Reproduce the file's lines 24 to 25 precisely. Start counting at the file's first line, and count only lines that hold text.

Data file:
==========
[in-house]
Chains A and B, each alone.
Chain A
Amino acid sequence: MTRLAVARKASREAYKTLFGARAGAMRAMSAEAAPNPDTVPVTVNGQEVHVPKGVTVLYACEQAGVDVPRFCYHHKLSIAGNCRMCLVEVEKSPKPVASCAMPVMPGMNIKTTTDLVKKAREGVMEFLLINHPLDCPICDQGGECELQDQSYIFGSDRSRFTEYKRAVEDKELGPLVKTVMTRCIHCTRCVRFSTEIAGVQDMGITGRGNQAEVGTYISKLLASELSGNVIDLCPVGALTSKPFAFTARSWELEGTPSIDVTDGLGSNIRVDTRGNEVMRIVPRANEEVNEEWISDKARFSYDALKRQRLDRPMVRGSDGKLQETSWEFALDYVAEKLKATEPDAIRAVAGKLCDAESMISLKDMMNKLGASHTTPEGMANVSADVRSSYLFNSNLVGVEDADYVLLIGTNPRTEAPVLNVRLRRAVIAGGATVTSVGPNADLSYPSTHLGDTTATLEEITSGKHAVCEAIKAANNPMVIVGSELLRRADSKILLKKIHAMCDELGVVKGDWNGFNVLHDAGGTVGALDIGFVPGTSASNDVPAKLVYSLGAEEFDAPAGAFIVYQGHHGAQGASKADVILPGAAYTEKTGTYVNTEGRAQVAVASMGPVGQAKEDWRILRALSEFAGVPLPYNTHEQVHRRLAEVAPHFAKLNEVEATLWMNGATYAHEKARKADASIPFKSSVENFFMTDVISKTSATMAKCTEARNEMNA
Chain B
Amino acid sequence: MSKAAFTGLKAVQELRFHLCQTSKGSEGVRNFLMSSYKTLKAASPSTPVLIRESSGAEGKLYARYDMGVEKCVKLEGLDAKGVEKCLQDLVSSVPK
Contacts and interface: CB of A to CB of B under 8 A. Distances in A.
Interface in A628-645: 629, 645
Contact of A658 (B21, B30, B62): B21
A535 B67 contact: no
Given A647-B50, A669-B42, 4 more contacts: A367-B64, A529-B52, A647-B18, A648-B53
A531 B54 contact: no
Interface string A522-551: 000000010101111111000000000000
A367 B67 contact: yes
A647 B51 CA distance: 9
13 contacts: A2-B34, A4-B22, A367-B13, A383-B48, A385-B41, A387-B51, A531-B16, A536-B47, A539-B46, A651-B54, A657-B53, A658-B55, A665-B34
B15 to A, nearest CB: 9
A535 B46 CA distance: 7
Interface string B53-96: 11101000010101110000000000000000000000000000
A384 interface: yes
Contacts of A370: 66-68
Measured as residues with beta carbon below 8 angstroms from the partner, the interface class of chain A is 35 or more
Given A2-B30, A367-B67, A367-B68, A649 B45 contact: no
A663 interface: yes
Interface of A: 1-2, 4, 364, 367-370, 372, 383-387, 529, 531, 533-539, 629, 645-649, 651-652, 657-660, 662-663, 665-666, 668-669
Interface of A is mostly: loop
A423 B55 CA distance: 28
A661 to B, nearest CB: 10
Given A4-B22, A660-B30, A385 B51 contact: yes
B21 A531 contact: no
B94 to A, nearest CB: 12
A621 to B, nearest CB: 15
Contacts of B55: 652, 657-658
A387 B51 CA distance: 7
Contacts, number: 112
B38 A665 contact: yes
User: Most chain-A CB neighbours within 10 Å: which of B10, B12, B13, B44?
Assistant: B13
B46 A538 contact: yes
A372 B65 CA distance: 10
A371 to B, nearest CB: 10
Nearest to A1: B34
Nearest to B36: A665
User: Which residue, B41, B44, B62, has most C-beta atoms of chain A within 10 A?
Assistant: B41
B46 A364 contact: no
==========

A663 interface: yes
Interface of A: 1-2, 4, 364, 367-370, 372, 383-387, 529, 531, 533-539, 629, 645-649, 651-652, 657-660, 662-663, 665-666, 668-669